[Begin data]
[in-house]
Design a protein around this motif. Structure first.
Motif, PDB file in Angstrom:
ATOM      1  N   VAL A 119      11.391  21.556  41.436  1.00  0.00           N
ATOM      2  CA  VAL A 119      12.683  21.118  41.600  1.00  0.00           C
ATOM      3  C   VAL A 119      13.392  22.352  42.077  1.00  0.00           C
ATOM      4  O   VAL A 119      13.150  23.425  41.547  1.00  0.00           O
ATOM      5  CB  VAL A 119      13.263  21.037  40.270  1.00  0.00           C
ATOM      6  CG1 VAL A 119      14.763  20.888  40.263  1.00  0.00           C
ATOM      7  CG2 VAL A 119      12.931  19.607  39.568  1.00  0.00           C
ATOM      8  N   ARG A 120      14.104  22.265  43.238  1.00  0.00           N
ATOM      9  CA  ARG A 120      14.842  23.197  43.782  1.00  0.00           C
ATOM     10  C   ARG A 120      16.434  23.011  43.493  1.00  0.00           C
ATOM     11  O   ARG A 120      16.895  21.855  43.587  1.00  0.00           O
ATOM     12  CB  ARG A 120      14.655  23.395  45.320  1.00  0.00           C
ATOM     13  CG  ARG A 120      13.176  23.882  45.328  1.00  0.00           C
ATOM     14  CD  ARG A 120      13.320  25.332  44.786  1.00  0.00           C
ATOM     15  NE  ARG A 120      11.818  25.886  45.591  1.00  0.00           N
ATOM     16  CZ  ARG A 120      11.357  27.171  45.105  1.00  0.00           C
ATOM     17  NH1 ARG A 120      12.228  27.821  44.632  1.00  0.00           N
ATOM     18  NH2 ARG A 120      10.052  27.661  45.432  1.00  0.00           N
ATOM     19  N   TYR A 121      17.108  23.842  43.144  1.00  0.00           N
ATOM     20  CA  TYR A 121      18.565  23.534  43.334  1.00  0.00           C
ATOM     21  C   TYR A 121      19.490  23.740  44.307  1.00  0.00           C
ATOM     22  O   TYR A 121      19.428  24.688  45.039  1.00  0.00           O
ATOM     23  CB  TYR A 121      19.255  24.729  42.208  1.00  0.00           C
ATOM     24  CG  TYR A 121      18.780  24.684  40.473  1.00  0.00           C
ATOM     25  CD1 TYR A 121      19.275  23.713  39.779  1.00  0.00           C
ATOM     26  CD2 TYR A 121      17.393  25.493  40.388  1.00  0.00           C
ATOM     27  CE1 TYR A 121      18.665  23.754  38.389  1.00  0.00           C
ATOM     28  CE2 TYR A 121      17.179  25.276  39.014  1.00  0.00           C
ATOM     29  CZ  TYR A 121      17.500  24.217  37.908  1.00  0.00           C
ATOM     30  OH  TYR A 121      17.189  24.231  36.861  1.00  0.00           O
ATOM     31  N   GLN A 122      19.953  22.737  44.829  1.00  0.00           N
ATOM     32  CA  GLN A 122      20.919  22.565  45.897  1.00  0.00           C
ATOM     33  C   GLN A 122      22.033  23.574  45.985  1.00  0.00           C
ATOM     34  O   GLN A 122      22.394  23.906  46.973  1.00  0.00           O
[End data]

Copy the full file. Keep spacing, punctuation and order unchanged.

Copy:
[in-house]
Design a protein around this motif. Structure first.
Motif, PDB file in Angstrom:
ATOM      1  N   VAL A 119      11.391  21.556  41.436  1.00  0.00           N
ATOM      2  CA  VAL A 119      12.683  21.118  41.600  1.00  0.00           C
ATOM      3  C   VAL A 119      13.392  22.352  42.077  1.00  0.00           C
ATOM      4  O   VAL A 119      13.150  23.425  41.547  1.00  0.00           O
ATOM      5  CB  VAL A 119      13.263  21.037  40.270  1.00  0.00           C
ATOM      6  CG1 VAL A 119      14.763  20.888  40.263  1.00  0.00           C
ATOM      7  CG2 VAL A 119      12.931  19.607  39.568  1.00  0.00           C
ATOM      8  N   ARG A 120      14.104  22.265  43.238  1.00  0.00           N
ATOM      9  CA  ARG A 120      14.842  23.197  43.782  1.00  0.00           C
ATOM     10  C   ARG A 120      16.434  23.011  43.493  1.00  0.00           C
ATOM     11  O   ARG A 120      16.895  21.855  43.587  1.00  0.00           O
ATOM     12  CB  ARG A 120      14.655  23.395  45.320  1.00  0.00           C
ATOM     13  CG  ARG A 120      13.176  23.882  45.328  1.00  0.00           C
ATOM     14  CD  ARG A 120      13.320  25.332  44.786  1.00  0.00           C
ATOM     15  NE  ARG A 120      11.818  25.886  45.591  1.00  0.00           N
ATOM     16  CZ  ARG A 120      11.357  27.171  45.105  1.00  0.00           C
ATOM     17  NH1 ARG A 120      12.228  27.821  44.632  1.00  0.00           N
ATOM     18  NH2 ARG A 120      10.052  27.661  45.432  1.00  0.00           N
ATOM     19  N   TYR A 121      17.108  23.842  43.144  1.00  0.00           N
ATOM     20  CA  TYR A 121      18.565  23.534  43.334  1.00  0.00           C
ATOM     21  C   TYR A 121      19.490  23.740  44.307  1.00  0.00           C
ATOM     22  O   TYR A 121      19.428  24.688  45.039  1.00  0.00           O
ATOM     23  CB  TYR A 121      19.255  24.729  42.208  1.00  0.00           C
ATOM     24  CG  TYR A 121      18.780  24.684  40.473  1.00  0.00           C
ATOM     25  CD1 TYR A 121      19.275  23.713  39.779  1.00  0.00           C
ATOM     26  CD2 TYR A 121      17.393  25.493  40.388  1.00  0.00           C
ATOM     27  CE1 TYR A 121      18.665  23.754  38.389  1.00  0.00           C
ATOM     28  CE2 TYR A 121      17.179  25.276  39.014  1.00  0.00           C
ATOM     29  CZ  TYR A 121      17.500  24.217  37.908  1.00  0.00           C
ATOM     30  OH  TYR A 121      17.189  24.231  36.861  1.00  0.00           O
ATOM     31  N   GLN A 122      19.953  22.737  44.829  1.00  0.00           N
ATOM     32  CA  GLN A 122      20.919  22.565  45.897  1.00  0.00           C
ATOM     33  C   GLN A 122      22.033  23.574  45.985  1.00  0.00           C
ATOM     34  O   GLN A 122      22.394  23.906  46.973  1.00  0.00           O